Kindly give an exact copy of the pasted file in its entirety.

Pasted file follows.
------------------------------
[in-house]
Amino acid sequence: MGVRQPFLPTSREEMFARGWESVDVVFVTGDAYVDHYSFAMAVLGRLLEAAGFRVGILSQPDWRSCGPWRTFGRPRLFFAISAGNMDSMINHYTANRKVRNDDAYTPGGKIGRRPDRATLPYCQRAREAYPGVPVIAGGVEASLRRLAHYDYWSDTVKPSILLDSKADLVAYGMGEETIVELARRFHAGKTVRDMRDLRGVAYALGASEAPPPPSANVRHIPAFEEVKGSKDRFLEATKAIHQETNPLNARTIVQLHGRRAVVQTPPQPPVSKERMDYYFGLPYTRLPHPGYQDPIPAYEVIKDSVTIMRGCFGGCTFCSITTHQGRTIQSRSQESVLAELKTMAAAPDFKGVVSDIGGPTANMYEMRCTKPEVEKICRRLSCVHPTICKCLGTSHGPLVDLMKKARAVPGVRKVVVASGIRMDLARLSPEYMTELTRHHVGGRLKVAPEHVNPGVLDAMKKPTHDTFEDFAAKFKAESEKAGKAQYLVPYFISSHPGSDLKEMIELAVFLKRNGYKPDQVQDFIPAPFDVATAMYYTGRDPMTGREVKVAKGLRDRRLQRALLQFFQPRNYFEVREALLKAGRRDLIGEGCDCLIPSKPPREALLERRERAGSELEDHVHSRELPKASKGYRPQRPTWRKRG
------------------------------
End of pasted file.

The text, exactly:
[in-house]
Amino acid sequence: MGVRQPFLPTSREEMFARGWESVDVVFVTGDAYVDHYSFAMAVLGRLLEAAGFRVGILSQPDWRSCGPWRTFGRPRLFFAISAGNMDSMINHYTANRKVRNDDAYTPGGKIGRRPDRATLPYCQRAREAYPGVPVIAGGVEASLRRLAHYDYWSDTVKPSILLDSKADLVAYGMGEETIVELARRFHAGKTVRDMRDLRGVAYALGASEAPPPPSANVRHIPAFEEVKGSKDRFLEATKAIHQETNPLNARTIVQLHGRRAVVQTPPQPPVSKERMDYYFGLPYTRLPHPGYQDPIPAYEVIKDSVTIMRGCFGGCTFCSITTHQGRTIQSRSQESVLAELKTMAAAPDFKGVVSDIGGPTANMYEMRCTKPEVEKICRRLSCVHPTICKCLGTSHGPLVDLMKKARAVPGVRKVVVASGIRMDLARLSPEYMTELTRHHVGGRLKVAPEHVNPGVLDAMKKPTHDTFEDFAAKFKAESEKAGKAQYLVPYFISSHPGSDLKEMIELAVFLKRNGYKPDQVQDFIPAPFDVATAMYYTGRDPMTGREVKVAKGLRDRRLQRALLQFFQPRNYFEVREALLKAGRRDLIGEGCDCLIPSKPPREALLERRERAGSELEDHVHSRELPKASKGYRPQRPTWRKRG